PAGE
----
There’s No Neighborhood in Brooklyn Called “Fort Hamilton”

bay ridge fort hamilton
Southern Bay Ridge, aka “Fort Hamilton”

“Fort Hamilton is perfect for laying family roots,” read a headline in yesterday’s AM NY. Only problem? There is no such place, though it’s said to be “located in the southwestern corner of Brooklyn” and “geographically part of Bay Ridge.” “People who I know refer to themselves as living in Fort Hamilton,” the district manager of the local community board told the paper, but surely they must be people who live on the army base? Because I’ve lived in Bay Ridge for 30 years, and I’ve never, not once in my life, heard someone refer to themselves as living in Fort Hamilton—not even all the people I know who live over on that side of the neighborhood.

I mean, I’ve heard other people try to call it that. It’s a post office designation: the neighborhood’s main branch, on Fifth Avenue and 88th Street, is called the Fort Hamilton Branch; the Bay Ridge Branch of the post office is a rinky dink storefront on Fourth Avenue near the Bay Ridge Avenue subway stop. And there’s a Fort Hamilton branch of the library. And the actual Fort is a popular namesake: there’s the local high school, and Fort Hamilton Parkway, which runs all the way to Kensington.

You also see it identified as a neighborhood on subway maps. I think that powerful influencer is then responsible for the neighborhood appearing, say, on the popular Ork poster (designed by a Chicagoan!). Then you start seeing Yelp telling you that restaurants and bars are in “Fort Hamilton,” and if you didn’t know any better because, say, you weren’t raised in Bay Ridge, or hadn’t spent many years of your life here becoming a member of the community, you might start thinking Fort Hamilton was a legit neighborhood in the sense that the people who live there and around there would recognize it as such. They don’t, and more people who draw maps or write newspaper articles might know that if they came down to visit more than once in their lives, to eat at Tanoreen or snap a photo of the Verrazano Bridge before calling a cab (because who rides the R train so far?) to get the heck out of here.

That said, I like the idea of dividing Bay Ridge in half. Too often in Brooklyn recent history, large swaths of the borough have been written off as a “neighborhood” because those doing the designating didn’t really care about those places; how else could you justify calling hundreds of square blocks a “neighborhood”? What commonalities could all those residents share? Bay Ridge is a big neighborhood, stretching from 65th Street to 101st, from Shore Road—numerically the equivalent of Negative First Avenue if Narrows Avenue is 0th Avenue—to Seventh Avenue, almost 300 square blocks. (I mean, the math is actually far messier, because blocks turn up and disappear, end and begin; this is just to give a very rough estimate.) That’s a lot of blocks!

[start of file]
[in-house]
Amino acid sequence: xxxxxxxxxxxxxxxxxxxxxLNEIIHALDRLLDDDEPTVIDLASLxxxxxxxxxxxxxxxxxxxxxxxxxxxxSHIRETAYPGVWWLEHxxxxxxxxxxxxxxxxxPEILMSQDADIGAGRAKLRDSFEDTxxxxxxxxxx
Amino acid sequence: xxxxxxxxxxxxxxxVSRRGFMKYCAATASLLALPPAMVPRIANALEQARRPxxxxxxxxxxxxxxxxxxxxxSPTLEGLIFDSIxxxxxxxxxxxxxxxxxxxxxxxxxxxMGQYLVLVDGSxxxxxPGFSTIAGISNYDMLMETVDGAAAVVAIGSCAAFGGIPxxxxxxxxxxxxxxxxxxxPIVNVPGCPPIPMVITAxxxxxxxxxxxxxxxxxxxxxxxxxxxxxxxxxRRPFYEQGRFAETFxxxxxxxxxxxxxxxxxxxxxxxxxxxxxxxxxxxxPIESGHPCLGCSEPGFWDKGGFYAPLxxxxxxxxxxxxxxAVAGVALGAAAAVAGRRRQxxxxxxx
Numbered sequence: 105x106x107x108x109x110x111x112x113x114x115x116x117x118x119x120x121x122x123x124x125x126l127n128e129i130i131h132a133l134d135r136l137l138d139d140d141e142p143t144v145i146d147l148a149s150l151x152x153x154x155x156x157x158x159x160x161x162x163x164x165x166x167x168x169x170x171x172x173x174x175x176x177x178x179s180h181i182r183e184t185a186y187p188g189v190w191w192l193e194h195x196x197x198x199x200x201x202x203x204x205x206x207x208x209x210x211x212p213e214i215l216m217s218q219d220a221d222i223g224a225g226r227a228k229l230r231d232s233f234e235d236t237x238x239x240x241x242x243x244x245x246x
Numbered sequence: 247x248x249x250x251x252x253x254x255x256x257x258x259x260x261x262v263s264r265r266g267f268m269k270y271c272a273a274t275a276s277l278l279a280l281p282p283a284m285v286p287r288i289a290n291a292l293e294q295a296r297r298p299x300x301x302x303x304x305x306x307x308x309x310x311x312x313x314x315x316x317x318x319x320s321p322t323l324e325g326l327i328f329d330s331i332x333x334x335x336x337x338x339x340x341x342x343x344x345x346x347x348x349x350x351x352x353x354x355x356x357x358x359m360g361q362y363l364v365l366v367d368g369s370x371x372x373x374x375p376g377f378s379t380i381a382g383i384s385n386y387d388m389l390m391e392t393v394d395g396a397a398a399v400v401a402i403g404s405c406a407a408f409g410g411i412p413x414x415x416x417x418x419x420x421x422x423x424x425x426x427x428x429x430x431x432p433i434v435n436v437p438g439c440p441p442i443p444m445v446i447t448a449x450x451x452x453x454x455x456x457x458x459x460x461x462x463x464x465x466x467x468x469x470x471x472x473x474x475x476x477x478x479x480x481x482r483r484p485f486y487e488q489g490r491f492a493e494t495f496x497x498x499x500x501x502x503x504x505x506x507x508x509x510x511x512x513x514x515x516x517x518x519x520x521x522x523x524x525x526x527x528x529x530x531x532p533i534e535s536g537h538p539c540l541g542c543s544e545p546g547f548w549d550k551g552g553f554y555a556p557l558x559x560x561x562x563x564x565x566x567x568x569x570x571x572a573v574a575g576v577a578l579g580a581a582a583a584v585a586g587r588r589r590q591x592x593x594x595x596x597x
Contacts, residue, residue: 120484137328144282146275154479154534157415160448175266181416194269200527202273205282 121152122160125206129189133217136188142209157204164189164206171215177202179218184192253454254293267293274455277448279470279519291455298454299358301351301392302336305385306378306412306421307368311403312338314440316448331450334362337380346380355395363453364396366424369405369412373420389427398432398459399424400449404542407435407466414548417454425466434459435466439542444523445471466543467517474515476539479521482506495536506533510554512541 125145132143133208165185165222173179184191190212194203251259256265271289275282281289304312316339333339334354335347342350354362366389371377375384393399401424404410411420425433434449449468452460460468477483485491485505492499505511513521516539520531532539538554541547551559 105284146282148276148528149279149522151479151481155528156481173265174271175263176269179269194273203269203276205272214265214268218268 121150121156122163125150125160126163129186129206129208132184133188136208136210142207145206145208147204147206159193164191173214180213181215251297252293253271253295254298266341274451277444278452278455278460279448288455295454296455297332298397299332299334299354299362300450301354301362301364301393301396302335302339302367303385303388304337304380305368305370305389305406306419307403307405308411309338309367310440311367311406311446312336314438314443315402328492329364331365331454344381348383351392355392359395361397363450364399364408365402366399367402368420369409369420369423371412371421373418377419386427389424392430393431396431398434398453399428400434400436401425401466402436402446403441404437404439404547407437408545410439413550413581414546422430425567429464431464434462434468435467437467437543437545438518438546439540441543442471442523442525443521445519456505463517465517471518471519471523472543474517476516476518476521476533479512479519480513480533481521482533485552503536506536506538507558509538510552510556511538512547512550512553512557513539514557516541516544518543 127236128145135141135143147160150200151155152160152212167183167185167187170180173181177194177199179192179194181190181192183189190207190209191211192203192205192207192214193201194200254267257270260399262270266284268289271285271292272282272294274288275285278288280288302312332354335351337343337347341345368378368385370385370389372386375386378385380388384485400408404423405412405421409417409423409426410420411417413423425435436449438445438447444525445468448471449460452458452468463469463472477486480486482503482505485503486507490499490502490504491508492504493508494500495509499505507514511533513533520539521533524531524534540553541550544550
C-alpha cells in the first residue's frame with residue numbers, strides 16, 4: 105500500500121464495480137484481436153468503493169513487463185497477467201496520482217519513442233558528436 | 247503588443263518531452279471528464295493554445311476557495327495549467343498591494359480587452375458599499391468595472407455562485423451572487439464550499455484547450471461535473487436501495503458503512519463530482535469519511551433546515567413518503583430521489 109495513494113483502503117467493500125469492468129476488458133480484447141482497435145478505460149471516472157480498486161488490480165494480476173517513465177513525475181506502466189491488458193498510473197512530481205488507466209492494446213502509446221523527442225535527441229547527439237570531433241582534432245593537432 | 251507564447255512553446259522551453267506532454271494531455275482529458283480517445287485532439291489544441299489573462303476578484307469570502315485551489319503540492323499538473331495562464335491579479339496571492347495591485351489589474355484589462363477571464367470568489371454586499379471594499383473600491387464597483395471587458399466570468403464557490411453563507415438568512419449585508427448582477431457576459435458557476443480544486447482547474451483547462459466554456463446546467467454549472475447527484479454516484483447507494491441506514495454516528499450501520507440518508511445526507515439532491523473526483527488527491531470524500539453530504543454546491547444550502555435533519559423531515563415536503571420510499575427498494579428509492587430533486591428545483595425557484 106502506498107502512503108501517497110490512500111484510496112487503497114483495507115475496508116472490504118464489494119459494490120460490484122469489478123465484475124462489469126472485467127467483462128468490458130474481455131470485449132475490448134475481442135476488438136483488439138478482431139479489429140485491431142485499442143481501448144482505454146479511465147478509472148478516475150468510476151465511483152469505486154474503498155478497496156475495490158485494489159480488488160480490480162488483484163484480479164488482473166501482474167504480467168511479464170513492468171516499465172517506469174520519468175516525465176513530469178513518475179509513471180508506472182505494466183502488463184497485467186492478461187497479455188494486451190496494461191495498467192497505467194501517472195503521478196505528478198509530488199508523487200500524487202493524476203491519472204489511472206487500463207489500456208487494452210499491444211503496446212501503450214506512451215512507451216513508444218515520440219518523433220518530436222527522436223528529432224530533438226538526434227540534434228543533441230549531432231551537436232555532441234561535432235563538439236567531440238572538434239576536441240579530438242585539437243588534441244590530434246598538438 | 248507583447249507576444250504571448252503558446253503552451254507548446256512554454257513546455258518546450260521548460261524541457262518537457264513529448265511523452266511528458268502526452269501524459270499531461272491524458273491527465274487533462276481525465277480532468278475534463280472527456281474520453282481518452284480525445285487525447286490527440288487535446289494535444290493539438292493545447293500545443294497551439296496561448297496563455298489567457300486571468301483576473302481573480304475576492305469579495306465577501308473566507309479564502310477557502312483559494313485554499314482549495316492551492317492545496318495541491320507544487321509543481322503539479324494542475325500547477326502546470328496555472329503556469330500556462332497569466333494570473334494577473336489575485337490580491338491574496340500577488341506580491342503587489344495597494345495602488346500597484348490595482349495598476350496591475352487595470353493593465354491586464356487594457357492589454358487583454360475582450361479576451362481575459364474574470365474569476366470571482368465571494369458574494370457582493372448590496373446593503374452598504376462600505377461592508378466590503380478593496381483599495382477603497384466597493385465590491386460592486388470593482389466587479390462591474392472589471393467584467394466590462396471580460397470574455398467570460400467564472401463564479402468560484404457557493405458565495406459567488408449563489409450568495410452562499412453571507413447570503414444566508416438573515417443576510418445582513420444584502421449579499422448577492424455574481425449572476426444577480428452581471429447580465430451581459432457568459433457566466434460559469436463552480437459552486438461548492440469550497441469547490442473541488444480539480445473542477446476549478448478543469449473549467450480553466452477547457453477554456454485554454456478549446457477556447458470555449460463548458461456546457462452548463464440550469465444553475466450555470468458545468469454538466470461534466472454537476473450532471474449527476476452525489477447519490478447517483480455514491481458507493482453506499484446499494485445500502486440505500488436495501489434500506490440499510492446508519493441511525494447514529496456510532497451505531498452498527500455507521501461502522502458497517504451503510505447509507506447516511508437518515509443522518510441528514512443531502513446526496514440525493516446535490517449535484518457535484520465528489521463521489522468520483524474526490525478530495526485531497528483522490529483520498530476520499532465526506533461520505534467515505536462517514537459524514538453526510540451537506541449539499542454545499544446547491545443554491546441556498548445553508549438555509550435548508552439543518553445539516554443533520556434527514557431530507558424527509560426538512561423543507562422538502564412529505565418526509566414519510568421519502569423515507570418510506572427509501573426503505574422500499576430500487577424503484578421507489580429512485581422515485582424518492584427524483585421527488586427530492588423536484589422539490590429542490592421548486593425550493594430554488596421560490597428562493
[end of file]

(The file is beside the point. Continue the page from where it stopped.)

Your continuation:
And there is a different character to the southside of Bay Ridge. As a northsider, any time I travel down there it’s almost like visiting a new community: the people I see are all people I don’t think I’ve ever seen before, people who don’t walk up to our side of the neighborhood to visit our bars and restaurants. While sharing cultural similarities, Bay Ridge residents occupy too much space. So I propose, acknowledging our shared history and common values, that we divide Bay Ridge in half, sharing 86th Street and using it as the demarcation—between North Ridge and South Ridge. As long as we can forget all this “Fort Hamilton” business.

UPDATE: “Fort Hamilton” is a very old-school distinction. Back before Robert Moses’s BQE made 65th Street feel like the border of Bay Ridge, the neighborhood extended well into present-day Sunset Park, which is why the official Bay Ridge Post Office is actually on 55th Street and Seventh Avenue, well outside of its present-day boundaries (and why you’ll still see a laundromat or bodega in Sunset Park every once in a while with “Bay Ridge” in its name). When the northern boundary of Bay Ridge receded, I imagine it felt less necessary to have a separate name to distinguish the southern end from the reduced north. Today, it would be unthinkable, for example, to argue that the Verrazano Bridge wasn’t actually in “Bay Ridge,” and you would hear very, very few people under the age of 60 ever refer to that part of the neighborhood as “Fort Hamilton.”

Follow Henry Stewart on Twitter @henrycstewart